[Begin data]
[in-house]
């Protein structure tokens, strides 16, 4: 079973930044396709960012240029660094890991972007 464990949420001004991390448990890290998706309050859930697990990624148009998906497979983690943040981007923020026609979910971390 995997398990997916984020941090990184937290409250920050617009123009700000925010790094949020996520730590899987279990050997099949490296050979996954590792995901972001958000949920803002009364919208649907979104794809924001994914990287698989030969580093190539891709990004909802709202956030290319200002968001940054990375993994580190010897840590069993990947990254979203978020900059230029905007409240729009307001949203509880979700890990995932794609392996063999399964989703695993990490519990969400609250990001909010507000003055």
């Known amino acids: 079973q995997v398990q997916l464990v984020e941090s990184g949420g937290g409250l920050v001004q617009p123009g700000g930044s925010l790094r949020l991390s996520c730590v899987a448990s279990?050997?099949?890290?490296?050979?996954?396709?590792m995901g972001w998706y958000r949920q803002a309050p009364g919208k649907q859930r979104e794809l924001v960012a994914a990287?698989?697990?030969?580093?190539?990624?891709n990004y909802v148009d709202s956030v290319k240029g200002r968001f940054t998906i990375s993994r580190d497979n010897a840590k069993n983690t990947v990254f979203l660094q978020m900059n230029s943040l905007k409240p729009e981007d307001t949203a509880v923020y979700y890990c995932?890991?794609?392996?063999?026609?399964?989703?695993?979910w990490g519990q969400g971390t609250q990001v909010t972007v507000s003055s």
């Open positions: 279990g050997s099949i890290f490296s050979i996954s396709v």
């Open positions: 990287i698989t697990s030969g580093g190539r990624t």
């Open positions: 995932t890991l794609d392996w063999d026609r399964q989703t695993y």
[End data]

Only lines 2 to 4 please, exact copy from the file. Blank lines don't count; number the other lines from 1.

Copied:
């Protein structure tokens, strides 16, 4: 079973930044396709960012240029660094890991972007 464990949420001004991390448990890290998706309050859930697990990624148009998906497979983690943040981007923020026609979910971390 995997398990997916984020941090990184937290409250920050617009123009700000925010790094949020996520730590899987279990050997099949490296050979996954590792995901972001958000949920803002009364919208649907979104794809924001994914990287698989030969580093190539891709990004909802709202956030290319200002968001940054990375993994580190010897840590069993990947990254979203978020900059230029905007409240729009307001949203509880979700890990995932794609392996063999399964989703695993990490519990969400609250990001909010507000003055």
């Known amino acids: 079973q995997v398990q997916l464990v984020e941090s990184g949420g937290g409250l920050v001004q617009p123009g700000g930044s925010l790094r949020l991390s996520c730590v899987a448990s279990?050997?099949?890290?490296?050979?996954?396709?590792m995901g972001w998706y958000r949920q803002a309050p009364g919208k649907q859930r979104e794809l924001v960012a994914a990287?698989?697990?030969?580093?190539?990624?891709n990004y909802v148009d709202s956030v290319k240029g200002r968001f940054t998906i990375s993994r580190d497979n010897a840590k069993n983690t990947v990254f979203l660094q978020m900059n230029s943040l905007k409240p729009e981007d307001t949203a509880v923020y979700y890990c995932?890991?794609?392996?063999?026609?399964?989703?695993?979910w990490g519990q969400g971390t609250q990001v909010t972007v507000s003055s």
């Open positions: 279990g050997s099949i890290f490296s050979i996954s396709v």